Plummy Plum Jam

I love home made jams and jellies. They are wonderful tasting, lovely textured and evocative of another time that I did not live in but I like to idealize sometimes. Naturally this requires a little selective imagination such as conveniently forgetting that I don't have to chop a neverending supply of wood or smack my clothes against a washboard with a lye and ash concoction to clean my clothes or do any other myriad labour intensive chores.) Nonetheless ... the idea of a simpler way of life (translation - less choices) appeals to me for a short period of time. One of the reasons I prefer to make my own jams and jellies is because I can control the amount of sugar and the texture and softness of the final product. To me the best jam and jelly is soft, not hard, contains lots of fruit or fruit flavour and is not too sweet. Always they need a bit of sour to make the most of their tangy and fruity natural flavours. My grandmother always made her own preserves and jams and jellies and did a lovely job of it to. She always made black currant jam and that is the jam that I always associate with her. Jam and jelly making is a far faster process today and can pretty much involve as much or as little work as you are willing to go to.
Freezer jams are so fast, no sterilizing of jars, no processing (boiling) of the jam. But still, I love the old fashioned kind of jam as well and it is a pleasurable endeavor. So, here is my plum jam. It has far less sugar than most so be warned if you like a very sweet jam, this is not the one for you. If you like lots of lovely fruit flavor you will find it in this recipe. 
 Plummy Plum Jam

 3 lbs. plums, red or black, half of them ripe, the rest underipe
3 cups sugar
2 - 1/2 envelopes Knox powdered pectin (2 envelopes + 1 tsp)
  • Wash and chop plums coarsely. Put in 6 quart pot with 1 1/2 cup water. Cook over medium heat about 15 minutes until plums fall apart and are lumpy. Cool then fish out pits.
  • Add sugar, stir and taste. (Add up to 1 cup more sugar if you wish.) Remove 3/4 cup of jam to a measuring cup. Add pectin and stir. Add 3/4 cup boiling water. Stir then add to jam.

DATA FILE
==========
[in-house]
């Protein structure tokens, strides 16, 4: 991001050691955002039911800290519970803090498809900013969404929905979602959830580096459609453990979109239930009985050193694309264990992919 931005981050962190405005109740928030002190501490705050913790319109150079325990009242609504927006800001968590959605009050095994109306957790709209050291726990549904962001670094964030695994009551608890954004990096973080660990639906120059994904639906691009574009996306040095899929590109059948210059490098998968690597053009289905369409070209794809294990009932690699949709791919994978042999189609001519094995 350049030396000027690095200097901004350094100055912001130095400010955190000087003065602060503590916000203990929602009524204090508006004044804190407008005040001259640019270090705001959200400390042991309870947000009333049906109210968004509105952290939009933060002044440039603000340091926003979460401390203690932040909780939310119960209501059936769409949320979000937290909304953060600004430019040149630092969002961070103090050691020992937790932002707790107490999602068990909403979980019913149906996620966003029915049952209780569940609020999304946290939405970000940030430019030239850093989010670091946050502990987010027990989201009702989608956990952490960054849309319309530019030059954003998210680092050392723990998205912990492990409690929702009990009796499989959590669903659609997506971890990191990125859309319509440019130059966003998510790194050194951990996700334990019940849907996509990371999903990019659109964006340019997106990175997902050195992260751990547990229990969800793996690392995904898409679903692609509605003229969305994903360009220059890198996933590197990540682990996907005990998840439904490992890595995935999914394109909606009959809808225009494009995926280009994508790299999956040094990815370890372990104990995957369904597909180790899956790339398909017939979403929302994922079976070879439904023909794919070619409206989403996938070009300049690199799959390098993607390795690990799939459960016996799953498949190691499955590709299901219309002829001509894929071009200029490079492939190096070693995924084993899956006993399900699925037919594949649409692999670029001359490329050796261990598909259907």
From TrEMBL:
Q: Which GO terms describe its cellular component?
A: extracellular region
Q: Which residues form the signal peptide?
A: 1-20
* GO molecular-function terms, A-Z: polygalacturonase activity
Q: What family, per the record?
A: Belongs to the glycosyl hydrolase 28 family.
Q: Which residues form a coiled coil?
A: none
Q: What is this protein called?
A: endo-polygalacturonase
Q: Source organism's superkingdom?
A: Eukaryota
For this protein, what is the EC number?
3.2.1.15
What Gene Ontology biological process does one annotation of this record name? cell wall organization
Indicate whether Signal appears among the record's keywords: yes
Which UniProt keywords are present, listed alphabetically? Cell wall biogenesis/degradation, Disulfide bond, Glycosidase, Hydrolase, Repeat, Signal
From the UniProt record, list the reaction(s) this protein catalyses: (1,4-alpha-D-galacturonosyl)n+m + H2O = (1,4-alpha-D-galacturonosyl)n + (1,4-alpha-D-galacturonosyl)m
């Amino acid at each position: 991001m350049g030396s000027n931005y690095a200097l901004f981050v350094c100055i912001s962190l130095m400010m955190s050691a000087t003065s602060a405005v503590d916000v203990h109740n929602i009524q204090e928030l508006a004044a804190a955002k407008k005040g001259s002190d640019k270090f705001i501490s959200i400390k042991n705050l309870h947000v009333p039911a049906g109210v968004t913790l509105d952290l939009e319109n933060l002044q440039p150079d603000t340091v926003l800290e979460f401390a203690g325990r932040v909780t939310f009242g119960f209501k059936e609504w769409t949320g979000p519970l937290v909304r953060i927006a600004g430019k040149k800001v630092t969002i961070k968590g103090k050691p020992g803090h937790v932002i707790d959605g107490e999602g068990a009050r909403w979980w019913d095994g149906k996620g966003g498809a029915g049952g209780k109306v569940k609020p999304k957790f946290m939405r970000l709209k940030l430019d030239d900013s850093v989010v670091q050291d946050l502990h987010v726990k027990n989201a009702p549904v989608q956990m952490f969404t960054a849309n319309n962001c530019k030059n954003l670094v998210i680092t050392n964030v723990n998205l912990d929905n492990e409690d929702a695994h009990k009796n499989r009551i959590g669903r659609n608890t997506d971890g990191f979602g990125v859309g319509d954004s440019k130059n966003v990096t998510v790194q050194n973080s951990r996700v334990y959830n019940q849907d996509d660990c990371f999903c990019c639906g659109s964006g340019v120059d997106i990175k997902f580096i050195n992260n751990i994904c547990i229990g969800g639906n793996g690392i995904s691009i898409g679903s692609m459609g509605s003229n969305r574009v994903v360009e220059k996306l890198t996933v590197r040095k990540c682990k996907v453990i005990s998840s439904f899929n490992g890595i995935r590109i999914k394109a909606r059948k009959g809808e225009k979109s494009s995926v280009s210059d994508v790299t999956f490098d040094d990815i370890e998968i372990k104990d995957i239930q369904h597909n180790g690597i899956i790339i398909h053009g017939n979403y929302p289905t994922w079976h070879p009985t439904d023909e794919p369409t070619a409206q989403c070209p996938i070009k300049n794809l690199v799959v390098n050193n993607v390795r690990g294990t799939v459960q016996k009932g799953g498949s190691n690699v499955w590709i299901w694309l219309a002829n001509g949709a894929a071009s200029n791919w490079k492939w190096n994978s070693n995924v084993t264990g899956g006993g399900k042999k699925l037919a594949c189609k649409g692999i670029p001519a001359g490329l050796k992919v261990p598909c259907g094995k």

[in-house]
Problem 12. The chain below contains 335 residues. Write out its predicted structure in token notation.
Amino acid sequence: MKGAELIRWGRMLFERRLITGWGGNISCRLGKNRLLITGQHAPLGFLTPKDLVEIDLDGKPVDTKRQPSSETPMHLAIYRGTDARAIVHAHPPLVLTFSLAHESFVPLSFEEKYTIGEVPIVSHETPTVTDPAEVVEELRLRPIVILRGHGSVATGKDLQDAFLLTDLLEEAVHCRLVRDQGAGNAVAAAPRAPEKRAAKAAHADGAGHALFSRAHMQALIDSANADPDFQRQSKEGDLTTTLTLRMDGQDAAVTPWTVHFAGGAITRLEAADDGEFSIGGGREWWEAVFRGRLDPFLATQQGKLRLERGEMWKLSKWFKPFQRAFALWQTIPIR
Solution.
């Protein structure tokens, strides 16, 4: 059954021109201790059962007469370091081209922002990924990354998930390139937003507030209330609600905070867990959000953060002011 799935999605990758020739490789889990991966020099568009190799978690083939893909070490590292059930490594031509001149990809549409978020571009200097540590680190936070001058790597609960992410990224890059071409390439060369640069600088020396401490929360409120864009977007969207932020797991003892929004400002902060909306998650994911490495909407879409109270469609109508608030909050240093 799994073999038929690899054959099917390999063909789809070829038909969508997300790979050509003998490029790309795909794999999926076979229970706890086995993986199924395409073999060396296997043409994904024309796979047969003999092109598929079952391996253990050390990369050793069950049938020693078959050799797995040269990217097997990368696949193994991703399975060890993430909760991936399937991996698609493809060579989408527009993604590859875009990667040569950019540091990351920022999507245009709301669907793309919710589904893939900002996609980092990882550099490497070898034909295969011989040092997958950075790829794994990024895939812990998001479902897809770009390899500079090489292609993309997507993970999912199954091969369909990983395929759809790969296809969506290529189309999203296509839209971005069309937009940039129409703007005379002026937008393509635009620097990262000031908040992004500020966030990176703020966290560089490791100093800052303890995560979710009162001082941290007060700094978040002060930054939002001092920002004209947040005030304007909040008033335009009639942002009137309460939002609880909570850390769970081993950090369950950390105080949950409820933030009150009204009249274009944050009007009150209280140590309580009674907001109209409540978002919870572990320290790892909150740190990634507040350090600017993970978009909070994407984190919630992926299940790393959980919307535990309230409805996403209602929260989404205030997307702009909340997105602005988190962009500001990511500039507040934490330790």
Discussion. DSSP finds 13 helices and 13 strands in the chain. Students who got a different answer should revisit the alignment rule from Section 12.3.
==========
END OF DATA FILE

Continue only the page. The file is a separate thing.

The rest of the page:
• Bring to a boil while stirring constantly. After 1 minute remove the pot from the heat and do a spoon test and cold saucer test as described below. If too soft - put pot back on heat and repeat tests every 1 minute until ready. (I add the pectin, bring the jam to a boil and boil 4 minutes. I like a soft but not runny jam.)
  • Remove pot from heat and skim off foam. Place jars on tray. Ladle jam into jars. Place lids on and screw rings over. Place jars in canner and boil for 7 mins plus 1 min more for each 1,000 feet above sea level that you are at. (In Calgary, Alberta you need to boil for 11 mins). Start timing once water reaches a boil.
  • Remove jars to dishtowel covered tray and let sit 12-24 hours. After 12 hours check lids. If any lids are not sunken in then the jar is not sealed. Unsealed jars must be placed in the refrigerator and used first. Put other jars away in dark place until you want them.
  • Makes 9 - 125 ml jars or 4 - 250 ml jars
To prepare jars:
To prepare jars you can boil the jars, lids and rings and ladle in boiling water and keep them in the water until you use them. Place on a towel lined tray just before filling them. Or you can wash them in the dishwasher and remove the warm jars from the dishwasher just before filling them. I've done both... so handy...

Spoon test:
Dip the spoon into the jam and lift out. Tilt spoon to side and watch how the jam drips off. If it forms two drops that come together to form a sheet that falls from the spoon it is ready.

Cold saucer test:
Drizzle a bit (1/2 tsp) onto a saucer that has been chilling in freezer. Swirl plate a bit to spread it out then run your finger through it. This is the thickness the prepared jam will be, if processed for a while the jam will be a bit thicker than this. If it is to soft for your taste then boil jam again for 1 more minute, remove the pot from the heat, and perform saucer test.

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